Using TCA to provide insights on possible trends can lead to a step change in behaviour and is an important first step for every firm. In addition, the context in which a result is crystallised is critical to conducting proper trade analysis – that is, the ability to see relative as well as absolute performance. For example a trader or dealer working an order with full discretion should likely be viewed differently to one who has received instructions to ‘get me done NOW’. In addition being able to view performance against relative measures becomes increasingly important. The use of pre-trade cost estimates can provide a ‘budget’ of likely cost against which you can compare achieved results. In addition, using an aggregate of all observed performance within a universe allows relative performance to be measured in the context of peers. Both are elements which are beginning to emerge in a multi-asset context. Wider context means analysing results in light of macro events or news. Knowing that an economic release came out during the order which negatively affected the price would provide shading to the performance. Similarly, news of a credit rating review that emerged subsequent to trading and drove the bond positively in a trader’s favour might indicate the need for further investigation of potentially suspicious trades. Analysing costs in context provides a deeper and more usable result.
What is driving the demand for a more sophisticated multi-asset TCA?
Change is a constant we must all face, however the broad drivers towards a more sophisticated approach to multi-asset TCA could be characterised as regulation, market evolution and competition. From a regulatory standpoint, I’ve mentioned the growing compliance burden with initiatives such as STR in the UK, but there is a lot of debate on MiFIR right now and on pre/post trade transparency in the USA, which makes future regulation and resultant market structure uncertain. Finding a consensus around organised dealing for bonds, requirements for firm and continuous pricing, etc, are proving to be a challenge. Most parties can agree however, that whatever the changes are to come, they will certainly yield a different market structure from any we’ve seen in the past. Other market factors, such as the reduction in liquidity in secondary markets, are also contributing to a desire to better understand costs and reduce market impact. Due to commission unbundling, trading is now seen as a profit centre in its own right, and so the ability to demonstrate performance becomes increasingly important. We saw this in equities through MiFID and RegNMS which created fragmentation challenges. However, markets evolve and adapt and in this case the response was an ‘execution services arms race’ with the development of increasingly diverse and sophisticated electronic trading services – from the array of algos through DMA, smart order routing technology and dark pools etc. With this choice in execution and fragmented liquidity, conducting an effective TCA became far more challenging, almost impossible at a basic level without some level of automation. The days of checking against the close or Day VWAP were gone and people started to really get serious about using TCA as a core part of their investment and trading process. Preparing for how these potential changes might impact other asset classes must now be considered. In my opinion, these all drive towards how to better demonstrate competitiveness. Returns are scrutinised, so it is becoming increasingly important for both buy- and sellside to demonstrate a control of trading costs. For the buyside, the focus is still on ‘stock picking’ in the broad sense, but the marginal gains achieved through efficient trading cost management is now a clear differentiator when courting new clients and trying to retain funds. For the sellside offering new and innovative execution services being able to demonstrate execution quality is key.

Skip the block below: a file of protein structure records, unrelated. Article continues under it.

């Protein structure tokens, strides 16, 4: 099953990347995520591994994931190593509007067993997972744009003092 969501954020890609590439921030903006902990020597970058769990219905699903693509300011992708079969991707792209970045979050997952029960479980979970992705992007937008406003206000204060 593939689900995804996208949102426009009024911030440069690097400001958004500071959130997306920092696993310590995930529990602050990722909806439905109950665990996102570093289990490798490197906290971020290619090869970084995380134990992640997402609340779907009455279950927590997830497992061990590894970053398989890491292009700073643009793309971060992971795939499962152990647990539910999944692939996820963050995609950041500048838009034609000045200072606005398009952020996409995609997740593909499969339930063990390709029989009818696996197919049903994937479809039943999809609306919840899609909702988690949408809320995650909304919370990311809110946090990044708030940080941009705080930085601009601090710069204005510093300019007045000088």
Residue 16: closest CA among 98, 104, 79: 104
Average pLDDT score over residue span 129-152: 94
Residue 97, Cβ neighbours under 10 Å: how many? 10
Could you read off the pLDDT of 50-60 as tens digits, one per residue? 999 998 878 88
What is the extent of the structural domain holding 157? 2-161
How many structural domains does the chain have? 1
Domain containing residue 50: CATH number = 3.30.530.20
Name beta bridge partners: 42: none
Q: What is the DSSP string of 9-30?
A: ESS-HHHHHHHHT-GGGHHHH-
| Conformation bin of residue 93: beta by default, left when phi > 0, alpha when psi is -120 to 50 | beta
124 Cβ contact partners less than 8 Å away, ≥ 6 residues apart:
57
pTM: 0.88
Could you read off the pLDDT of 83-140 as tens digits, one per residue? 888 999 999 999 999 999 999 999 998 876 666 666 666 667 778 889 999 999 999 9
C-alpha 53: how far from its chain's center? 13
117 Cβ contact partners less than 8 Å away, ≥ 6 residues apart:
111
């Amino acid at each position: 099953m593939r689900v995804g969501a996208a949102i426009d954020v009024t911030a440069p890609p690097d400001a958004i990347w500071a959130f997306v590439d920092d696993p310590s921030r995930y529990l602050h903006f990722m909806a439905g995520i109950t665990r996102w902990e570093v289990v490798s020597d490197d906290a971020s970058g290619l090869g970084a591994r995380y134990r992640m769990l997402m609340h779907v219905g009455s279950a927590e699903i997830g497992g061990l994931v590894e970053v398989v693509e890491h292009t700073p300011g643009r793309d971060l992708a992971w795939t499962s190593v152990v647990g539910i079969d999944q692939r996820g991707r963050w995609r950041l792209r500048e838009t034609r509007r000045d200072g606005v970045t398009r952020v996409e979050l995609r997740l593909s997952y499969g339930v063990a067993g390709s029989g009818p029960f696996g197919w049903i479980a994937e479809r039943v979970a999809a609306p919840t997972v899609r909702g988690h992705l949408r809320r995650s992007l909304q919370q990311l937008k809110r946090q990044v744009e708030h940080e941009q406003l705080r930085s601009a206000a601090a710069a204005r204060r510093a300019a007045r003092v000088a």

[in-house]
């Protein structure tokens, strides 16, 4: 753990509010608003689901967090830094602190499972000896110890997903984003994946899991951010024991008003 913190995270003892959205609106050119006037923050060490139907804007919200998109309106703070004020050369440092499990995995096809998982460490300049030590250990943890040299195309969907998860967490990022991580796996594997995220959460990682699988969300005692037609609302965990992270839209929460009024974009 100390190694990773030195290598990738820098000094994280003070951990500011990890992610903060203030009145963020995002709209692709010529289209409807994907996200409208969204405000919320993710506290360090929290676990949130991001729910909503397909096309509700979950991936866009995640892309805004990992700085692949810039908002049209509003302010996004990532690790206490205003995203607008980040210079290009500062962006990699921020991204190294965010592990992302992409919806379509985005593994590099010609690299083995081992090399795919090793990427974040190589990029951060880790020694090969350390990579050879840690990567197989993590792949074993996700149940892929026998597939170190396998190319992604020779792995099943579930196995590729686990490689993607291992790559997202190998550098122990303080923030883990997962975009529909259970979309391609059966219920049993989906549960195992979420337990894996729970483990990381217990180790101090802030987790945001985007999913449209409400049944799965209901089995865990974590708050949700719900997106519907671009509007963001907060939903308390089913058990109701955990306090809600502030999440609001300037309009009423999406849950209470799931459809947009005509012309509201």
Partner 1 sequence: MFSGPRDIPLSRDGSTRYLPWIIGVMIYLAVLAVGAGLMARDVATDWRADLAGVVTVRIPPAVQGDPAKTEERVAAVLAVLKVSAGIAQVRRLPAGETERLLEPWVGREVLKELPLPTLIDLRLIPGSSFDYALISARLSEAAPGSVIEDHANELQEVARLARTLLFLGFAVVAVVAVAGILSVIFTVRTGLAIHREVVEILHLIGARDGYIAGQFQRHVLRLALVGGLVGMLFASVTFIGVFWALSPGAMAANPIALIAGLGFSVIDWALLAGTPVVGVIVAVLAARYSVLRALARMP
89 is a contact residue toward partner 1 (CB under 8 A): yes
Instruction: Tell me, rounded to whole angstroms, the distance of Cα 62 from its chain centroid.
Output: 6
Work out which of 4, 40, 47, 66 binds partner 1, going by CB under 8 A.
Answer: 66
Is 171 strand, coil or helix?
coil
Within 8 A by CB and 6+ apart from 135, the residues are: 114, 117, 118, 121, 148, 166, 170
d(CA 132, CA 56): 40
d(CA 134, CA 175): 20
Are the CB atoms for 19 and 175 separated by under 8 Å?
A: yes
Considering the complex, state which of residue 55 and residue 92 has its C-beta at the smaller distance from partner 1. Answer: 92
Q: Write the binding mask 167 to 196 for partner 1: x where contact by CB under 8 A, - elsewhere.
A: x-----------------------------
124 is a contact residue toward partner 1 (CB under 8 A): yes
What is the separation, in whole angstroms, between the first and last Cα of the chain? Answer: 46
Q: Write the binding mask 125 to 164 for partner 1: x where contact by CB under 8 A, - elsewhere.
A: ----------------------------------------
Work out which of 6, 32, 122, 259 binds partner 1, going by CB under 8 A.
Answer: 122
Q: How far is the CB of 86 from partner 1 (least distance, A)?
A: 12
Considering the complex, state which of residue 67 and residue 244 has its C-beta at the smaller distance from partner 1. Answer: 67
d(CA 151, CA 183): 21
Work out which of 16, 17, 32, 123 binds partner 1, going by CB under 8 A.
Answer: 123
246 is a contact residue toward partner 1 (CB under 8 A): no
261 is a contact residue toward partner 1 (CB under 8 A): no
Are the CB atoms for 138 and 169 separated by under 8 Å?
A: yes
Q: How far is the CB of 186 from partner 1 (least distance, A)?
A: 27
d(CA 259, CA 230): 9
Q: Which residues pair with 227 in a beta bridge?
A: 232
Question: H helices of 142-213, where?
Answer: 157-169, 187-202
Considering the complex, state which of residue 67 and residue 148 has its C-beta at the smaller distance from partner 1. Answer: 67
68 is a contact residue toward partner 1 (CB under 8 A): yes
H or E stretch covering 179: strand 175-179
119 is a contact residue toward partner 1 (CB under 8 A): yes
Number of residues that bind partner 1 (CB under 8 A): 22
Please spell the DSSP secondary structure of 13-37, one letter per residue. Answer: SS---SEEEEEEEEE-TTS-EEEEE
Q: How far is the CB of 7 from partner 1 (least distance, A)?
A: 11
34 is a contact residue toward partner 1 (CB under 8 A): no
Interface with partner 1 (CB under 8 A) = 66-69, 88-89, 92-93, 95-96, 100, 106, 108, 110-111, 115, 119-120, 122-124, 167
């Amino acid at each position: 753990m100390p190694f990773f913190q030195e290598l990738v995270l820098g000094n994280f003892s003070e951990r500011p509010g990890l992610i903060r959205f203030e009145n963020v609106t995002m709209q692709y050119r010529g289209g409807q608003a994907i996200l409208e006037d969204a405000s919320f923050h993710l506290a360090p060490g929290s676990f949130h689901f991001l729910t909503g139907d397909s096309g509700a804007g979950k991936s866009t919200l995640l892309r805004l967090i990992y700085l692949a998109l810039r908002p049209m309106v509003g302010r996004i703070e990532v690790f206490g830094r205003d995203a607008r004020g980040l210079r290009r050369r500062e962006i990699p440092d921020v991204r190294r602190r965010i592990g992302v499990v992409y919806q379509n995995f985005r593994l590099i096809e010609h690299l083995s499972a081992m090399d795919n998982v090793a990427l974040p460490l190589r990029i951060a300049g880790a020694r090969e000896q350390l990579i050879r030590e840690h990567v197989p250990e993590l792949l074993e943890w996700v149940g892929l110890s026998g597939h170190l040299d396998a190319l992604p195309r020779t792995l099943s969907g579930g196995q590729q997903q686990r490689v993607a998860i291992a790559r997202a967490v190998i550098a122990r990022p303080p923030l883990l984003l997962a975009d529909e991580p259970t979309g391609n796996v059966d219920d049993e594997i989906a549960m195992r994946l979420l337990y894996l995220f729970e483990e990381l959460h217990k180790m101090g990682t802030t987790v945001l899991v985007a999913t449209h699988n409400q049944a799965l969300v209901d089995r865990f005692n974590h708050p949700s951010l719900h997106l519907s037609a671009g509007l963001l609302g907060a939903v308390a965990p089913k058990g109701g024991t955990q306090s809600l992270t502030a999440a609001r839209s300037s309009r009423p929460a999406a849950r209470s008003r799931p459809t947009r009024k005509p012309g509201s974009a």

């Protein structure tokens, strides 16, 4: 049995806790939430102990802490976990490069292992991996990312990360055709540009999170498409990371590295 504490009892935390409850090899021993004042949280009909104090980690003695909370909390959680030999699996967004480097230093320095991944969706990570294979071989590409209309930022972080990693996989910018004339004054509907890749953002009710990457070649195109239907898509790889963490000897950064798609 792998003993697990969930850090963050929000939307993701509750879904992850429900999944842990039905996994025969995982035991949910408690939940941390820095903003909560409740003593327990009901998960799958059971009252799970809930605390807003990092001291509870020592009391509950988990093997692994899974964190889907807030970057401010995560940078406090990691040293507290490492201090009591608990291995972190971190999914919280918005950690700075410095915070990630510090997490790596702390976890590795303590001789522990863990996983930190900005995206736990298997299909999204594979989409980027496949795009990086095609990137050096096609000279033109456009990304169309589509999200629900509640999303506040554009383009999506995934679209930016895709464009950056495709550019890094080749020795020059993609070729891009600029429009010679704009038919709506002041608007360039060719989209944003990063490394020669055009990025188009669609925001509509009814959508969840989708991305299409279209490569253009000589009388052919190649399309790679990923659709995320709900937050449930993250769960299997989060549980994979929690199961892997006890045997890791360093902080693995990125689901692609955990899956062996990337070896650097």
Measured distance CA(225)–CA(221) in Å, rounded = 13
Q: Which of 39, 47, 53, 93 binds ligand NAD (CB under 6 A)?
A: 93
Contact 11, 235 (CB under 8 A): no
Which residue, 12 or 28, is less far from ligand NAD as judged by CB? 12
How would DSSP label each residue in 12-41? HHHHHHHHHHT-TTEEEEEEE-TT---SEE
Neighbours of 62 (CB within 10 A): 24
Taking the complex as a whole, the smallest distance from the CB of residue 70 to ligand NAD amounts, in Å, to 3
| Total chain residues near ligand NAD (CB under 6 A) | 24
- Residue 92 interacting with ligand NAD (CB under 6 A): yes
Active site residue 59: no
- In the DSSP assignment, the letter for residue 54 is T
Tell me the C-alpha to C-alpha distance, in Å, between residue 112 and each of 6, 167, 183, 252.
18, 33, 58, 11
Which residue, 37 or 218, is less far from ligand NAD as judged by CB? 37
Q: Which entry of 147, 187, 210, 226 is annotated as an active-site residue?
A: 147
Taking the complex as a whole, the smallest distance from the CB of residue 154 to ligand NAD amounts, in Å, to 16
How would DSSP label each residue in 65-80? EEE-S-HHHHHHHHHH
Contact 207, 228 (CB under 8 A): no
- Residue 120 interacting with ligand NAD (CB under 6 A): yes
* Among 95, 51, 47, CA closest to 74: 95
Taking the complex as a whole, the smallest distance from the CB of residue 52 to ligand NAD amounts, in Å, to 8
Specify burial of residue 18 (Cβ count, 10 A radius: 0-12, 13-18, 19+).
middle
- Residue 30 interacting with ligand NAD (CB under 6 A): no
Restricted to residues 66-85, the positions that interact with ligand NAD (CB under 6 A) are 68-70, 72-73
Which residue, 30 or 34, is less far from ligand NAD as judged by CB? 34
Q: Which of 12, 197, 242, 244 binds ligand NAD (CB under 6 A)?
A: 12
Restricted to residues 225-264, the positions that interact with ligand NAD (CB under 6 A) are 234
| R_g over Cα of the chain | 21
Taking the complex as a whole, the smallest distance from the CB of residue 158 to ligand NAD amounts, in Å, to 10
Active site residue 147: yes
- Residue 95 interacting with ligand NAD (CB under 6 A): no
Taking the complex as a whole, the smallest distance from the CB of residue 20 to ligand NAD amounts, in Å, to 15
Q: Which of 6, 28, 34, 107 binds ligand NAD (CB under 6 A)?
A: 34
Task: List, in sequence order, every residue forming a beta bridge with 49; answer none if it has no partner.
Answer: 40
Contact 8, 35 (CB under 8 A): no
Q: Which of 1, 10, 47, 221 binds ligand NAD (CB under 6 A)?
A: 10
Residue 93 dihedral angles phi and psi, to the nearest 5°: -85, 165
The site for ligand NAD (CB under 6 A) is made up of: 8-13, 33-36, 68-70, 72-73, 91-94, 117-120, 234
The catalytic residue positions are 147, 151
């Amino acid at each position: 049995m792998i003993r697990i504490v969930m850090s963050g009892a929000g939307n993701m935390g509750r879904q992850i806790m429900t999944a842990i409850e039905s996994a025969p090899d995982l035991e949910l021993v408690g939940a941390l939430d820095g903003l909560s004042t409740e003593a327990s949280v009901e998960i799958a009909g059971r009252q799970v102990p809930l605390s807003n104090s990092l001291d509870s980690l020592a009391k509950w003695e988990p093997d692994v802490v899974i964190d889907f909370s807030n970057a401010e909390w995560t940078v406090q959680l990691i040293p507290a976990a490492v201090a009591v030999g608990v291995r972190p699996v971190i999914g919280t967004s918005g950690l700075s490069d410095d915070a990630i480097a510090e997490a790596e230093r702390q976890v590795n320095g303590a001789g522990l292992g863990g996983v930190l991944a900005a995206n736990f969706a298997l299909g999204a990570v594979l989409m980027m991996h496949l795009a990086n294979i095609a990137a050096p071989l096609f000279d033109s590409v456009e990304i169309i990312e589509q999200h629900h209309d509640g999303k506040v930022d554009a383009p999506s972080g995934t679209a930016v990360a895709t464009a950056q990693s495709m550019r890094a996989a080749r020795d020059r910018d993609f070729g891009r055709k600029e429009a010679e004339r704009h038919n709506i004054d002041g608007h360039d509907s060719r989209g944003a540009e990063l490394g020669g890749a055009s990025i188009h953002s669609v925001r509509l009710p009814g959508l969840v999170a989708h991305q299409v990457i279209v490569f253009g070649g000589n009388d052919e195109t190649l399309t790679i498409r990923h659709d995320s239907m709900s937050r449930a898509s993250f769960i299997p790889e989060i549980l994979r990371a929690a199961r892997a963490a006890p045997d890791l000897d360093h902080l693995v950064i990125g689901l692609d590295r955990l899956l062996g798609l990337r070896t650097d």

So what are the challenges to delivering an effective multi-asset TCA?
• Pricing data:
For exchange-traded instruments such as equities and futures, getting pricing data is simple with a continuous stream of tick data. However, for bonds and currencies, no single view of price and trading data exists because liquidity is fragmented between electronic platforms and single dealers. Even so, data is more available and of higher quality the further up the liquidity profile you go and the previously mentioned initiatives to greater transparency should lead to improvement in data quality in the future.